"Would you do me a favor? Would you take this extra ribbon and pass it on by honoring somebody else? The young boy who first gave me the ribbons is doing a project in school and we want to keep this recognition ceremony going and find out how it affects people."
That night the boss came home to his 14-year-old son and sat him down. He said, "The most incredible thing happened to me today. I was in my office and one of the junior executives came in and told me he admired me and gave me a blue ribbon for being a creative genius. Imagine. He thinks I'm a creative genius."
Then he put this blue ribbon that says "Who I Am Makes A Difference" on my jacket above my heart. He gave me an extra ribbon and asked me to find somebody else to honor.
As I was driving home tonight, I started thinking about whom I would honor with this ribbon and I thought about you. I want to honor you.
"My days are really hectic and when I come home I don't pay a lot of attention to you. Sometimes I scream at you for not getting good enough grades in school and for your bedroom being a mess, but somehow tonight, I just wanted to sit here and, well, just let you know that you do make a difference to me.
Besides your mother, you are the most important person in my life. You're a great kid and I love you!"
The startled boy started to sob and sob, and he couldn't stop crying. His whole body shook.
He looked up at his father and said through his tears, "I was planning on committing suicide tomorrow, Dad, because I didn't think you loved me. Now I don't need to."
Who you are does make a difference & I wanted you to know that! I am passing the blue ribbon to you. Have an awesome day, and know that someone has thought about you today..

Friday, April 24, 2009

FishingMinnesota, HotSpotOutdoors & IceLeaders

This Internet Hot Spot started as a hobby.
Rick Paquin (my son) is an Internet developer and marketer with several years experience (old-timer by Internet standards). Outdoors Minnesota was his hobby site (He loves fishing and the people associated with the outdoors).
In January 1998 he decided his hobby had to pay for itself. So, he began marketing Fishing Minnesota with specialized skills and insider secrets.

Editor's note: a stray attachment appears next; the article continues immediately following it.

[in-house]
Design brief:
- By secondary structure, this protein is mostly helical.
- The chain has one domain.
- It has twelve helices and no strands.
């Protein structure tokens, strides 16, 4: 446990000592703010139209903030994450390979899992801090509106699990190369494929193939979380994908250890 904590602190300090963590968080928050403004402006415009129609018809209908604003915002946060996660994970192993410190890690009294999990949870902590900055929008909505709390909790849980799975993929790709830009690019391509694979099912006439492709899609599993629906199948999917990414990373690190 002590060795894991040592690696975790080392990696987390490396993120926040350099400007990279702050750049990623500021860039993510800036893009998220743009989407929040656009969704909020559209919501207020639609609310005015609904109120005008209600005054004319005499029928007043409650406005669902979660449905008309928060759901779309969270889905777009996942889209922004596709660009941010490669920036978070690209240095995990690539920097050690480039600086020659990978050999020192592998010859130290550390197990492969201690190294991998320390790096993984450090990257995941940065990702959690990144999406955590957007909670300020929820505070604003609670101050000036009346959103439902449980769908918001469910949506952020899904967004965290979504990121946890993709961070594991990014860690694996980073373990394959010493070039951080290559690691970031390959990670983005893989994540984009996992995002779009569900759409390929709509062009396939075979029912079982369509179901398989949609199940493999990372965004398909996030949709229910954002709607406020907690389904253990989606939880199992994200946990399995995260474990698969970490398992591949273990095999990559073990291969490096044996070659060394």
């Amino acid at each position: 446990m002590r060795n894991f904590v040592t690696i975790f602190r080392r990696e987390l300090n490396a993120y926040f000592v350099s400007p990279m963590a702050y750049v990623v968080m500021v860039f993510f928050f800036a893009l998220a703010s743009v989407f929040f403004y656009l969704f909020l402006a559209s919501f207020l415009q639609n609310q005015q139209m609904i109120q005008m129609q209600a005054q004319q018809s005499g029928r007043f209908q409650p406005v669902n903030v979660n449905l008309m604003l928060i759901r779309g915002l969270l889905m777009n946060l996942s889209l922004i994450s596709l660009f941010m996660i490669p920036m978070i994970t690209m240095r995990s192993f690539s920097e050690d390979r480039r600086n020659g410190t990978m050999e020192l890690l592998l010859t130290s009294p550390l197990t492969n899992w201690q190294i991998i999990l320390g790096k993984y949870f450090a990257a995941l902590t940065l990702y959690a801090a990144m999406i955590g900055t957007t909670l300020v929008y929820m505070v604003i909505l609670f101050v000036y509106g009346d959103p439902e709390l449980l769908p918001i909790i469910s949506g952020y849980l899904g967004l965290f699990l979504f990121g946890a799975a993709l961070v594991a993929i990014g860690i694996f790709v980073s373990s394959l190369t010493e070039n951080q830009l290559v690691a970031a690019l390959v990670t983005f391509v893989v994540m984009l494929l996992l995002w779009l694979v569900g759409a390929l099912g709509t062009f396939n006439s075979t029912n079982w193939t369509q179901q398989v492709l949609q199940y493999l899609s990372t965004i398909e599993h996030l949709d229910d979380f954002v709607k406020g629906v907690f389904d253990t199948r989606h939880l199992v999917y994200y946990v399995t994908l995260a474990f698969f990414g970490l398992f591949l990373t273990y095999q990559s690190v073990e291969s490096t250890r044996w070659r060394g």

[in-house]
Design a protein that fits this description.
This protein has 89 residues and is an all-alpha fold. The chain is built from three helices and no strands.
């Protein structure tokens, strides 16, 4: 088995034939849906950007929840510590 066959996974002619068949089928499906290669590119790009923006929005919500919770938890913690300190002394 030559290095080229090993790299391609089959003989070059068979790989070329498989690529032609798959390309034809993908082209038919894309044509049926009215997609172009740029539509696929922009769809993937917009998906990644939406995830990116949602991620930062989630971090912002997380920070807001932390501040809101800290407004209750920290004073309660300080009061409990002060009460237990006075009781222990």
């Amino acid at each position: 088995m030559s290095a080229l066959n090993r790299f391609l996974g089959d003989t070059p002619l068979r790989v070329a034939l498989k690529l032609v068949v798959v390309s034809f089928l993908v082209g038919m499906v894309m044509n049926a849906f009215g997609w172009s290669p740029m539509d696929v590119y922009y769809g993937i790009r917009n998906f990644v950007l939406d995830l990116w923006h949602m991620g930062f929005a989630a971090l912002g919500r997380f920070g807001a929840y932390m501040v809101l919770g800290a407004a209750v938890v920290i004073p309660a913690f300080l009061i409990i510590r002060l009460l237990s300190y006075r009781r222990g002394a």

In one year he improved from 8,000 visits a month to 123,000 plus. is the number one midwest based outdoor site according to an independent Internet traffic audit group.
That's right, #1. is also the #1 fishing site in the world. He has now cracked 1 million visitors in a month.
Not hits mind you but actual sessions or visits
This is for all you gals
to show your husbands and let them know that there are good things on the blogs for them...Look in the right column and click on the Fishing Minnesota Logo and it will take you there...Once you are there be sure to visit the
"We Have More Fun at The Leading Edge" &

This is my son Rick, his wife Cheryl (she is from Australia) and their son Liam

These were taken at a field trial last weekend, where the dog Millie took 4Th place...It was her first field trial and all the other dogs had professional handlers and Millie just had a novice handler my son Rick...In the picture with Rick and Millie are my grandchildren Bronte, Annabelle and Liam...

Here is Liam, Annabelle & Bronte...

Thursday, April 23, 2009

Rambling Thursday...Some Of This & Some Of That!!!

Water Bottle Carrier Tutorial

Grab two neckties and stitch them'll work! Rarely has something so simple turned out so cool & usefull.
2 neckties, same width and degree of taper (this is important!)
Needle and thread
Sewing machine, optional

Line up the neckties in opposite directions, as shown. Measure 14 inches from the corner of one tie point to the corner of the other point. Mark with a pin.

Pin edges of ties together, overlapping each one slightly over the other about 1/8-1/4" total. *It is important that both ties are the same width and degree of taper for these 14 inches!* Use a wide zigzag to stitch down the center, or stitch by hand. Note: Many ties are cut on the bias, therefore the fabric may give when sewing the length of the tie. Be sure not to stretch as you sew.

Turn wrong side up and fold the ties back on themselves.